Southern & Jewish
Southern & Jewish celebrates the stories, people, and experiences – past and present – of Jewish life in the American South. Hosted by the Goldring/Woldenberg Institute of Southern Jewish Life, posts come from educators, students, rabbis, parents, artists, and many other “visitors-to and daily-livers-of” the Southern Jewish experience. From road trips to recipes to reflections, we’ll explore a little bit of everything – well, at least all things Southern and/or Jewish. Shalom, y’all!
If I ever go bankrupt, it will be because of airline tickets and gas.
When I look back at my childhood, specific details about my home and school life are not nearly as clear as the memories from the times I was traveling with my family. As a travel writer for a local newspaper, my dad traveled with me so much that I had frequent flyer miles before I was even in school.
Travel was always a priority for me. From the minute I got my driver license, I was planning road trips all across the country. On one occasion, I drove from Atlanta to Knoxville with some close friends to attend a film festival I had learned about that very week. I also spent a month and a half backpacking across Europe, nearly clearing out my savings account in the process.
During all of my impulsive traveling, however, there was one constant: my dad would always be supporting me from somewhere far cooler than I was. While I was in Orlando or Chattanooga, my dad would be sending me pictures from Iceland or China. My father once told me that his solution to having an empty nest was to “leave the nest as much as possible.” During my undergrad years, if you were to stop me on the street and ask me where my dad was, I wouldn’t even be able to name the continent he was on half of the time—when I left for college, my father became a freelance travel writer; travelling all over the globe, writing for National Geographic, USA Today, and anyone else who would run his stories.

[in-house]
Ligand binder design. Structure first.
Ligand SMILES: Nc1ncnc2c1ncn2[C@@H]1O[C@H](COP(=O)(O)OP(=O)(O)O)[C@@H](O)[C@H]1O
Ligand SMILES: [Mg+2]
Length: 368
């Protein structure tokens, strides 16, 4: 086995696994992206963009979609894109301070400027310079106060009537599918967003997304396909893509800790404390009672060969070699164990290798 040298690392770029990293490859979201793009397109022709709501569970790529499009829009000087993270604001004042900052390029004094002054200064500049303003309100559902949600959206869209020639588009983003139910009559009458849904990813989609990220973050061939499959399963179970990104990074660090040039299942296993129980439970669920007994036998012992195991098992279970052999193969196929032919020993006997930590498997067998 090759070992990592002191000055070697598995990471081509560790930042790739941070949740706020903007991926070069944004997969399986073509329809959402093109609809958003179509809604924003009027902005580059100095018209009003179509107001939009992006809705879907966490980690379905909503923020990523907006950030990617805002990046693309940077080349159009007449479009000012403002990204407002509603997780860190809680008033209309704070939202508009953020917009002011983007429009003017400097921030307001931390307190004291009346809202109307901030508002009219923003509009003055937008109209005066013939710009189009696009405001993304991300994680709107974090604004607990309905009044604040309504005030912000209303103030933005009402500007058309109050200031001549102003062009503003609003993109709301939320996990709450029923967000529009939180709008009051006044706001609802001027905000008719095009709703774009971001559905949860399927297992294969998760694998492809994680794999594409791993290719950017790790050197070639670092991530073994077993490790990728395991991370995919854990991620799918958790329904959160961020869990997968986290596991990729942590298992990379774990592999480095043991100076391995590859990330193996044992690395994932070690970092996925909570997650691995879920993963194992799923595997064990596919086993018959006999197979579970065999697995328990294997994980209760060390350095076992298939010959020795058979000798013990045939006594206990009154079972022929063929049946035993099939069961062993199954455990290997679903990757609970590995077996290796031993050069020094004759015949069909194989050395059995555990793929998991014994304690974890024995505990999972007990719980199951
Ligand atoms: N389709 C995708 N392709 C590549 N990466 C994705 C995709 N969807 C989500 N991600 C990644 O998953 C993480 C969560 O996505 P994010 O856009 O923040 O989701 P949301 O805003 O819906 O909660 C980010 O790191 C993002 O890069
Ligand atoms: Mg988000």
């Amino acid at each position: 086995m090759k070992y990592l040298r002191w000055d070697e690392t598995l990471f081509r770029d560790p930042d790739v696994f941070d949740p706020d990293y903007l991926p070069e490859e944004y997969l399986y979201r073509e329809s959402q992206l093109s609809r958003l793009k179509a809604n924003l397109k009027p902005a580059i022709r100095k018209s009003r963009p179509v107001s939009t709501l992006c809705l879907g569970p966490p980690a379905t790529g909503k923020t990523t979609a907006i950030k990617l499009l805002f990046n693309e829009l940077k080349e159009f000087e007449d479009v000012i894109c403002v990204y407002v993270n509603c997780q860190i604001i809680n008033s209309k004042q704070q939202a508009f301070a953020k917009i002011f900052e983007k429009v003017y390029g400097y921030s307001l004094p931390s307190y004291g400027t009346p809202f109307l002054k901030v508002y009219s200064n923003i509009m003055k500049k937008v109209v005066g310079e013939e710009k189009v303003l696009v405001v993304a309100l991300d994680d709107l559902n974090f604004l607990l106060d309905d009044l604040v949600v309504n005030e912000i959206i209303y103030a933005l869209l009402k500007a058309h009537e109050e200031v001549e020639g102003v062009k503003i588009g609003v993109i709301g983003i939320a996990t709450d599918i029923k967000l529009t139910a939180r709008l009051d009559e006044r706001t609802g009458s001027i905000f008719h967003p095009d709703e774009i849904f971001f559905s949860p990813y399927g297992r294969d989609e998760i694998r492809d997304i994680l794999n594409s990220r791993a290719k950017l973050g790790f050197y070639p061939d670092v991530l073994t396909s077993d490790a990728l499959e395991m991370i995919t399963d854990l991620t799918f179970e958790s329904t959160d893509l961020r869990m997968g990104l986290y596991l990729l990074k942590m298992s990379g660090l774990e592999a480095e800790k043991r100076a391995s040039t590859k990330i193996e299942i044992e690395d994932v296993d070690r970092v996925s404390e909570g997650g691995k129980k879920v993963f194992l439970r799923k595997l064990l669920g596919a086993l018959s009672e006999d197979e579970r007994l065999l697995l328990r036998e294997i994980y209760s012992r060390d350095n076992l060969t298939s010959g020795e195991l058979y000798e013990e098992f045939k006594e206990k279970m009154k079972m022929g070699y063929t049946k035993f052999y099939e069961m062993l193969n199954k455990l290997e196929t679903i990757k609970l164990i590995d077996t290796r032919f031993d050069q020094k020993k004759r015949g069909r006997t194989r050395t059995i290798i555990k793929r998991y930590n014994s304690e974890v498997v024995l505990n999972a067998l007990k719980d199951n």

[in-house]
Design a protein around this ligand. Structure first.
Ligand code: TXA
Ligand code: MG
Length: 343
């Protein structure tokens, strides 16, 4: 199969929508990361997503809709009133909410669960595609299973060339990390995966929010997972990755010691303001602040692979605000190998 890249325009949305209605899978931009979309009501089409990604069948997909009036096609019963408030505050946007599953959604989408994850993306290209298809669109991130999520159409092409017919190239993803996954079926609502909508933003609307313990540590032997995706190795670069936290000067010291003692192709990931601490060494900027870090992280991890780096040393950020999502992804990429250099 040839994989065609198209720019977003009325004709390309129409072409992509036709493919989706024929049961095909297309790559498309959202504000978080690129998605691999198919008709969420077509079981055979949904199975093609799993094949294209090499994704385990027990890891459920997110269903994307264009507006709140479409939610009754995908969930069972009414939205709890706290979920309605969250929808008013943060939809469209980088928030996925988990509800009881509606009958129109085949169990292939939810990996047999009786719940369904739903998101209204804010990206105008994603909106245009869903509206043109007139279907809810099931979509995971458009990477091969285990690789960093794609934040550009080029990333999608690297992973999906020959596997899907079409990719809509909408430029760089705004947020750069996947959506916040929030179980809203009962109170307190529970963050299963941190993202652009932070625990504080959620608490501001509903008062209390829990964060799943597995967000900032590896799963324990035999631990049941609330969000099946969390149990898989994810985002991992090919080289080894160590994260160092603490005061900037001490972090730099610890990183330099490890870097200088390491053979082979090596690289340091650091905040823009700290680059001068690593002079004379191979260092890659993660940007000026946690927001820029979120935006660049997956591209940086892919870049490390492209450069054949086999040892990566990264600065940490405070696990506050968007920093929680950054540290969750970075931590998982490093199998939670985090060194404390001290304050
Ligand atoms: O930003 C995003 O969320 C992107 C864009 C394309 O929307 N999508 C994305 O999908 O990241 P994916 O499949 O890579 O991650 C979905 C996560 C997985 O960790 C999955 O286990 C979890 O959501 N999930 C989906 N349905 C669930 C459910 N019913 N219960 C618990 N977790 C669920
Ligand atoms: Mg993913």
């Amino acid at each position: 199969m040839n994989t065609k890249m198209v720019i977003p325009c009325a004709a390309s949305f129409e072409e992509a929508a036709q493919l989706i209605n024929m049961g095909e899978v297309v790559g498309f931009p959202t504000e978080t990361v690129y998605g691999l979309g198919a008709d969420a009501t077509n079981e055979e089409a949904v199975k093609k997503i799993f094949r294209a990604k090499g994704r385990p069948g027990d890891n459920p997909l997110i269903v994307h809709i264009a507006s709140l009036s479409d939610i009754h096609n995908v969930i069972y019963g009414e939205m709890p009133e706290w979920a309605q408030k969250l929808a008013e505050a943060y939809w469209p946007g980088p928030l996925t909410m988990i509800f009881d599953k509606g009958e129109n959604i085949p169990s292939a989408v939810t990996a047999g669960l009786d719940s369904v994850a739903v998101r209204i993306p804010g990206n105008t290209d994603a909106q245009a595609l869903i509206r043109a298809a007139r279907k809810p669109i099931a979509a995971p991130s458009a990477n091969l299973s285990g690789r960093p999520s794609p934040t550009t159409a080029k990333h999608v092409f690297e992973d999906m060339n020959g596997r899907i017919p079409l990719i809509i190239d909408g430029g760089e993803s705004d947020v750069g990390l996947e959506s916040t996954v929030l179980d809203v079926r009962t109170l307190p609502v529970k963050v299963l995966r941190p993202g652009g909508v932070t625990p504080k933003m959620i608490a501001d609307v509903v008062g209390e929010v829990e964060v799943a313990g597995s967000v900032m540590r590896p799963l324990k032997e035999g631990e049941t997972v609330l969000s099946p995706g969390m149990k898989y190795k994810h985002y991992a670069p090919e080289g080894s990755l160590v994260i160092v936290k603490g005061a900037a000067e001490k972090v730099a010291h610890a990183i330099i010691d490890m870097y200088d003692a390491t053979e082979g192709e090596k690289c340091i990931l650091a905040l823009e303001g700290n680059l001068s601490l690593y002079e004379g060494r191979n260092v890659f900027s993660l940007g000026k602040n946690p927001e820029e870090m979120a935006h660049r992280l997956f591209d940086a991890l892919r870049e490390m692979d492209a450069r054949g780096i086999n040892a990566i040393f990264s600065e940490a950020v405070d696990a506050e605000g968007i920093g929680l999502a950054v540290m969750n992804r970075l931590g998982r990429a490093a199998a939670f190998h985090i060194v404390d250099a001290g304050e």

Today, my father isn’t the only traveler in the family. As an ISJL Education Fellow, I am on the road nearly every weekend, bringing Jewish programming to communities all across the South. I’ve learned a lot from my father regarding travel, from how to pack bags to how to book cheap flights. However, the most valuable thing I’ve learned from my father that I use to this day is to go with the flow, and never say “no” when you’re travelling.
Travel to me has always been about new experiences of all kinds; and as a guest in my communities that I travel to, I have the great fortune of having community members show me what makes their community special. When I began my travelling with the ISJL, I made a promise to never say “no” while on the road. Attend a Diwali celebration? Go skeet shooting? Watch a rodeo? Sure, why not? I consider myself lucky to even have the opportunity to experience so much and to do work that I am genuinely passionate about.
To anyone who I may visit, whether as a friend or as a colleague: Show me what a good time looks like in your area! I’ll never say no to a new experience!
To other Jewish travelers: Here’s the Traveler’s Prayer, in case you need it for easy reference!
And to my dad; thank you for all of the lessons and unforgettable experiences you’ve shared with me over the years. I don’t think you’ll ever come close to realizing how valuable they are to me.
However, if I ever bankrupt myself by buying plane tickets, I’m calling you first.